On this blog, i want to share with you some records that are hard to find or have never been reissued on cd, and i'll start right now with a beautiful picture disc, 10-inch record of two brothers:Ernie and Emilio Caceres. Ernie played tenor sax and clarinet and his brother the violin. They played hot swing tunes, were sidemen of many famous jazz performers and if you want to know more, just google their names... Let's talk about the record in itself. It was released by the french record company "Paris Jazz Corner" who also released a Robert Johnson picture disc. The two records feature a drawning of the musicians by Robert Crumb, the famous cartoonist and lover of vintage records. If you can find those records, buy them, it's great items.
P.S: The track "Dark eyes"(Les yeux noirs) don't appear on that record, i just found it on the internet and it features the superbe violin of Emilio...

Thursday, September 25, 2008

Mike Seeger-Old-time Banjo Styles

Mike Seeger is one of my favorite old-time revivalist. For more than 40 years he promotes american traditionnal music through his recordings with The New Lost City Ramblers, alone or with other peoples, field recordings and instructionnal material. Today's post will be the audio part of his instructionnal dvds devoted to the banjo. He made 4 dvds for Homespun Tapes, one called "Old-time Banjo Styles" and 3 others in a serie called "Southern Banjo Styles". I recorded the audio of the pieces played on these dvds with audiohijack to play them on Itunes. For anyone interested in the many styles the banjo was played in the appalachian and in the south, this material is the best way to learn it and Mike Seeger teaches all the little details of the right and left hand to play in an authentic way.

Wednesday, September 24, 2008

John Jacob Niles

If you never heard the music of John Jacob Niles be prepared to meet a very personnal and eccentric singer, who devoted all his repertoire to the folk and traditionnal songs of the british isles and the United States. He sang Child ballads, carols and Appalachian folk songs like no one else, with his voice going from low to high all the time and living and acting the story of the songs like an opera singer... The other weird aspect is that on all his songs he would play a kind of big  dulcimer that adds to the strangeness of his renditions. In all, it can take a little time to appreciate but to my opinion he was one of the most intense and dramatic singer of all times and he should be better known.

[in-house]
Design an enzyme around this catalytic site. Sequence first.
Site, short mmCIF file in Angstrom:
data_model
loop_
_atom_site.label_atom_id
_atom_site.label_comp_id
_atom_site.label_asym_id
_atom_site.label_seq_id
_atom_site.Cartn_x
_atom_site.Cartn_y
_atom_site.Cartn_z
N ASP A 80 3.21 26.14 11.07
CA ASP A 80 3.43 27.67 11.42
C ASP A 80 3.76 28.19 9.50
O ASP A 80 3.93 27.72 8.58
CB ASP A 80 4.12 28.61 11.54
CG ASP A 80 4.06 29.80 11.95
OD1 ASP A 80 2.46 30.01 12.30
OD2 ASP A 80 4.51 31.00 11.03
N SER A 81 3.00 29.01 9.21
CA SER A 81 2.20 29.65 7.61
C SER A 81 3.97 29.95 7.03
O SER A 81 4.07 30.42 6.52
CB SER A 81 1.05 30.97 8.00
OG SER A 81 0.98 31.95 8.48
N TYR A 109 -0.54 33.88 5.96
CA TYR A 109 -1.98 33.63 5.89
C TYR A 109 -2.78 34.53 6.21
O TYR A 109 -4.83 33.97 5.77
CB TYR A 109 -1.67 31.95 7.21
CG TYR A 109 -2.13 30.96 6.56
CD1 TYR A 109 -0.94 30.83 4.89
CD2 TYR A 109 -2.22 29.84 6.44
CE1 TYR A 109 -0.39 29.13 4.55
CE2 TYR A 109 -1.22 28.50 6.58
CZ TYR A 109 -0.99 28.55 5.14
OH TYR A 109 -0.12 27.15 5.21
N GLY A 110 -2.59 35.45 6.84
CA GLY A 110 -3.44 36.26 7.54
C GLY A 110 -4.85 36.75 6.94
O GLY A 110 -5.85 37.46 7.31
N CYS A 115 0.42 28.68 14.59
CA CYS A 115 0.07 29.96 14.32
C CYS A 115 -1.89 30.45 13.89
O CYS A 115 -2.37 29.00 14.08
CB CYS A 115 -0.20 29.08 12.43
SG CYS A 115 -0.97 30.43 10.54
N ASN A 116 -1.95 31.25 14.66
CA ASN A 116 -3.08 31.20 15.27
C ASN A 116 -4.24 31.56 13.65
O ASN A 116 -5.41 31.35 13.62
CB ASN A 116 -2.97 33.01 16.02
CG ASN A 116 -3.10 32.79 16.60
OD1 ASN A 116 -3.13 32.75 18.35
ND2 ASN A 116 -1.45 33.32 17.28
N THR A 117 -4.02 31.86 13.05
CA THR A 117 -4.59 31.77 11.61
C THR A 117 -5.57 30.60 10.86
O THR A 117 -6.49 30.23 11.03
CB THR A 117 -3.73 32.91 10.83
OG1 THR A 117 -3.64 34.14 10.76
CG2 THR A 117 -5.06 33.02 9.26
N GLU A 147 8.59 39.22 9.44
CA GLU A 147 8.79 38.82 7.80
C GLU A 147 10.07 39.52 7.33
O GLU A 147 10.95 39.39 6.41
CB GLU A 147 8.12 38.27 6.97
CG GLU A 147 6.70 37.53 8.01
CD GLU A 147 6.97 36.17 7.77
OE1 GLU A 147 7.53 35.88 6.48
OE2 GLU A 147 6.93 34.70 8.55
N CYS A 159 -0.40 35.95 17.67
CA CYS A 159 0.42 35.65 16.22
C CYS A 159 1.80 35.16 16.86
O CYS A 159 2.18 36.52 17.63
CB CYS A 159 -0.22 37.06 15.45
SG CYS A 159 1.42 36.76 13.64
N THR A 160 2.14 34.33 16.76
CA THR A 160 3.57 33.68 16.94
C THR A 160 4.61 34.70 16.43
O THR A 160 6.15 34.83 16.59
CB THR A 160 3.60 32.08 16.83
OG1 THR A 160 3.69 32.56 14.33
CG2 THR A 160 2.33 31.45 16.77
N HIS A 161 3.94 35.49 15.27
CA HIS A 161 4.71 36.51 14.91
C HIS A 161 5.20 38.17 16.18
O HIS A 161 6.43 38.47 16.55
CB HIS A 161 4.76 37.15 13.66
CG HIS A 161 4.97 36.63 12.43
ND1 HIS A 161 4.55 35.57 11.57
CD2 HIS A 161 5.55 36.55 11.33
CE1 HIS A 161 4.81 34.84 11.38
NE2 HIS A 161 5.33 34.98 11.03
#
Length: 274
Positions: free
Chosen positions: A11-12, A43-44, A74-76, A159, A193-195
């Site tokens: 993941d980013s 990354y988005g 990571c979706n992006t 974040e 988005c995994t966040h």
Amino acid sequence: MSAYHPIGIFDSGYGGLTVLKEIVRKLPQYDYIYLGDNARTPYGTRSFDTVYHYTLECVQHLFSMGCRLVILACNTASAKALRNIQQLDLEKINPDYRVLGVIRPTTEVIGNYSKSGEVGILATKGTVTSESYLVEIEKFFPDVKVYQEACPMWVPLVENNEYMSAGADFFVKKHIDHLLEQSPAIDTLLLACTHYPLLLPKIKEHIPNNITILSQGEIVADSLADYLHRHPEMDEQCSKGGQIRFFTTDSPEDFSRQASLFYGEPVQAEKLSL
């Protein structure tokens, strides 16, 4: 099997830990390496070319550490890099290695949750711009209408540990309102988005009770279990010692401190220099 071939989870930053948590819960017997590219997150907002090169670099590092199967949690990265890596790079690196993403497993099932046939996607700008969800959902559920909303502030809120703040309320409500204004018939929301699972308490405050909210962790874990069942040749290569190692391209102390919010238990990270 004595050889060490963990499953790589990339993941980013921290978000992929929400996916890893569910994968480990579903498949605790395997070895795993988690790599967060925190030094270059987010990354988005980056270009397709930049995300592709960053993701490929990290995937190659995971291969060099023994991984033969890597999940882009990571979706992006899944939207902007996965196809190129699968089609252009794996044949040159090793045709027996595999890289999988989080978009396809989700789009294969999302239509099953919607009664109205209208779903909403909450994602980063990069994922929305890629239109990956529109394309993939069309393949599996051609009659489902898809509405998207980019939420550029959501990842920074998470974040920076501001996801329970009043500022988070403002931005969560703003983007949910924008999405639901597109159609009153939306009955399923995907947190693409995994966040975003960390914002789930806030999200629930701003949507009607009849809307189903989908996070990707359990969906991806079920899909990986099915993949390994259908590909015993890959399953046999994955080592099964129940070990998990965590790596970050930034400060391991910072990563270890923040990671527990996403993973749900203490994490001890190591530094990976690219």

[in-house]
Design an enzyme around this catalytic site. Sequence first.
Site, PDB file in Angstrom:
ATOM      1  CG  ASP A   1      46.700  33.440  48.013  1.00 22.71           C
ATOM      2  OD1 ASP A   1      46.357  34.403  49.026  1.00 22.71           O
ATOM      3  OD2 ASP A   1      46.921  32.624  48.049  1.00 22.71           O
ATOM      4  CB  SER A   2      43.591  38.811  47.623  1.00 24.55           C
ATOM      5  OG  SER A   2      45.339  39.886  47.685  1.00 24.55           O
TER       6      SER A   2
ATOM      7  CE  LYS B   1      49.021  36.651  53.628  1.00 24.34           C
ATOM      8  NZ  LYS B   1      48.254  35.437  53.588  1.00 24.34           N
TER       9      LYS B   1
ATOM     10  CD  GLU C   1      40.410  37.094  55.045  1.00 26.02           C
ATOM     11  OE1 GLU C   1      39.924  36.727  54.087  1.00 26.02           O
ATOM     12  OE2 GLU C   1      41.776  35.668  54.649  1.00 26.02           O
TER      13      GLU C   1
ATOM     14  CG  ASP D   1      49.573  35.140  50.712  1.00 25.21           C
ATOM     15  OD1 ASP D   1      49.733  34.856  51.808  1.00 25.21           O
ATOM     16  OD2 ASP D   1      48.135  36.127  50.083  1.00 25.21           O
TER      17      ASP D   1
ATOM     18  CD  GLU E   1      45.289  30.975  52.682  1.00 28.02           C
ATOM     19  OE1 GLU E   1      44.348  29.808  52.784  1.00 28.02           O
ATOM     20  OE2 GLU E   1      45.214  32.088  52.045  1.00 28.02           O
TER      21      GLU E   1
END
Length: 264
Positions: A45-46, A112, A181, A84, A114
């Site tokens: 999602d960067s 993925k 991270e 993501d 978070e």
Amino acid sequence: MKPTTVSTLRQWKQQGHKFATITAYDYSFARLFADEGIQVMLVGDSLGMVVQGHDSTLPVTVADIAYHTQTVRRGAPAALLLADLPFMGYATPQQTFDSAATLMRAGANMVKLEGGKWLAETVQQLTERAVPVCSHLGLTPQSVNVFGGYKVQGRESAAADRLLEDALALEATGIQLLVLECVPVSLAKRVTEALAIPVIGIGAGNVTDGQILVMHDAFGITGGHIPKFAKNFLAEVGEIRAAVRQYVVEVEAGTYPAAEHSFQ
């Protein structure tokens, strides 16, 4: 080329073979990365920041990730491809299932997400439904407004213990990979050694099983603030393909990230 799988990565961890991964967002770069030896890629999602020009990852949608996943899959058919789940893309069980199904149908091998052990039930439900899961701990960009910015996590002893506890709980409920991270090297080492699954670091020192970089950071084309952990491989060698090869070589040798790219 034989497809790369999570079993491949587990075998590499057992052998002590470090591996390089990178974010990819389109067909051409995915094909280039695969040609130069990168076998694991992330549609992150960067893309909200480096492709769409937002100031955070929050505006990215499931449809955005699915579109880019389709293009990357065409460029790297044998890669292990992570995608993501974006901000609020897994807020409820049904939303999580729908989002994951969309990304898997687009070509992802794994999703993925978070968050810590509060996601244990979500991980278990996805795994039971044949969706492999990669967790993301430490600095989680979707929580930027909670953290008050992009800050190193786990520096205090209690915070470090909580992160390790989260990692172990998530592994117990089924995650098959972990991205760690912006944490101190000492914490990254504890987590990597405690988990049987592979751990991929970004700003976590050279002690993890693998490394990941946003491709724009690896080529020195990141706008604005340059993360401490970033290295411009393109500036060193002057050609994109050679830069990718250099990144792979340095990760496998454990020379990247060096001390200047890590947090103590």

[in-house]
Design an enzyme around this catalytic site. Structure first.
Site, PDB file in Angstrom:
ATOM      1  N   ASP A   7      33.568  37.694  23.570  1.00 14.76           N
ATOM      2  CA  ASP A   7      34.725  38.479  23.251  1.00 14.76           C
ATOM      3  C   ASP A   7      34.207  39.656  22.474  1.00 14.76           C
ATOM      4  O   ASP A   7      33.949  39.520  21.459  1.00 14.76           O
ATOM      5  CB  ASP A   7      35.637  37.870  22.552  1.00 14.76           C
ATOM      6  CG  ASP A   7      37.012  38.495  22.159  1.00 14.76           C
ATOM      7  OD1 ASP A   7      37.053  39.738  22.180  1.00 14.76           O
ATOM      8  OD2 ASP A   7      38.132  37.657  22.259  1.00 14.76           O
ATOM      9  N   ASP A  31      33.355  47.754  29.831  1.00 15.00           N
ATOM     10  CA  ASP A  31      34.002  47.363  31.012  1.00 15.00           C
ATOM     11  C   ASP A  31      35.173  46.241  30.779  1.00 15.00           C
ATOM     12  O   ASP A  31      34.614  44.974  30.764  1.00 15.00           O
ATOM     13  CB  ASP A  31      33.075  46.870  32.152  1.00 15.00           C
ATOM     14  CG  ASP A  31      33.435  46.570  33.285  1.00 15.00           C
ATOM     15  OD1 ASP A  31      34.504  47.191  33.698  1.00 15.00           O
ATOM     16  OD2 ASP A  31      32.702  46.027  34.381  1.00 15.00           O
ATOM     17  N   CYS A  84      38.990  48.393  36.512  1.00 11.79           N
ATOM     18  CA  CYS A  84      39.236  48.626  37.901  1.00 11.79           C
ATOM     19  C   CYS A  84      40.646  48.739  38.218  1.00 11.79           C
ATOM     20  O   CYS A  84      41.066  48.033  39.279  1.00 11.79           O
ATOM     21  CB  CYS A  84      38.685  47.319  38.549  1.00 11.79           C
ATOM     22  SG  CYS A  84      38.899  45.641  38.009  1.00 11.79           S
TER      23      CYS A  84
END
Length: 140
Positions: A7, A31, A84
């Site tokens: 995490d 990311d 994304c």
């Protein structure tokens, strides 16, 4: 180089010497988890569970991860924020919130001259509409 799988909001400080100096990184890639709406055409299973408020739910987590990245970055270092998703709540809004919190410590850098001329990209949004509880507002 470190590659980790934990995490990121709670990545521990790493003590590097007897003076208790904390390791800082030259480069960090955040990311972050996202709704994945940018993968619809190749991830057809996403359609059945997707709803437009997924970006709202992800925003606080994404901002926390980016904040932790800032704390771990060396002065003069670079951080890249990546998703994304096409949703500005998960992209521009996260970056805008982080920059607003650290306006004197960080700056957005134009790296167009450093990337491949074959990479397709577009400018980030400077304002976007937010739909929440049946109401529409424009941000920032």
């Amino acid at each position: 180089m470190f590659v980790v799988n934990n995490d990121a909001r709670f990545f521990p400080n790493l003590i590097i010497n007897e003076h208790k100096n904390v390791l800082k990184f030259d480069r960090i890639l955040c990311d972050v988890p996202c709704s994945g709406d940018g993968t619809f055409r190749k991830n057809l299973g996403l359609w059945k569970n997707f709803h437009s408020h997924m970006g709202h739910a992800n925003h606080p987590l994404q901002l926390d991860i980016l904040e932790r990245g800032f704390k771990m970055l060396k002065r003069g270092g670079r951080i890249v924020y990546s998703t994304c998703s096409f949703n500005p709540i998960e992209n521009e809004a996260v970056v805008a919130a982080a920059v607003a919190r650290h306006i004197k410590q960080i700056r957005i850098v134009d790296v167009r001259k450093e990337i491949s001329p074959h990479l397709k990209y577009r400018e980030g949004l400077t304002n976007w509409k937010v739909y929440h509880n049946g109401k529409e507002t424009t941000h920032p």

Tuesday, September 23, 2008

Rosa Eskenazy

Rosa Eskenazy is one of the best female singer of Rebetiko, the music of the Greek underground...
This recordings were made late in her career, in the 1950's in Istanbul. It's not the regular bouzouki sound of Rebetiko but in the more orchestred style, with oud, violin, percussion, etc... Enjoy

Jean Bosco Mwenda

I''ll start right now by sharing with you a few tracks from Jean Bosco Mwenda, a congolese guitarist that i like very much.

Monday, September 22, 2008

Hello everybody and welcome to my blog... This place will be devoted to all the kinds of music  i love and learned to love over the years, mostly  traditionnal and folk music from all over the world, but especially music that was recorded in North America over the last century. I should say that i'm a french guy of 33 years old so i discovered all this music almost always from records and i fell in love with all this strange and exotic sounds, recorded long before i was born.I decided to write in english even if it's not my language so more people from all over the world can read me, so be indulgent if i make mistakes...And since most of the music i love and the knowledge i had about it was in english, it felt natural for me to do so...
compteur pour blog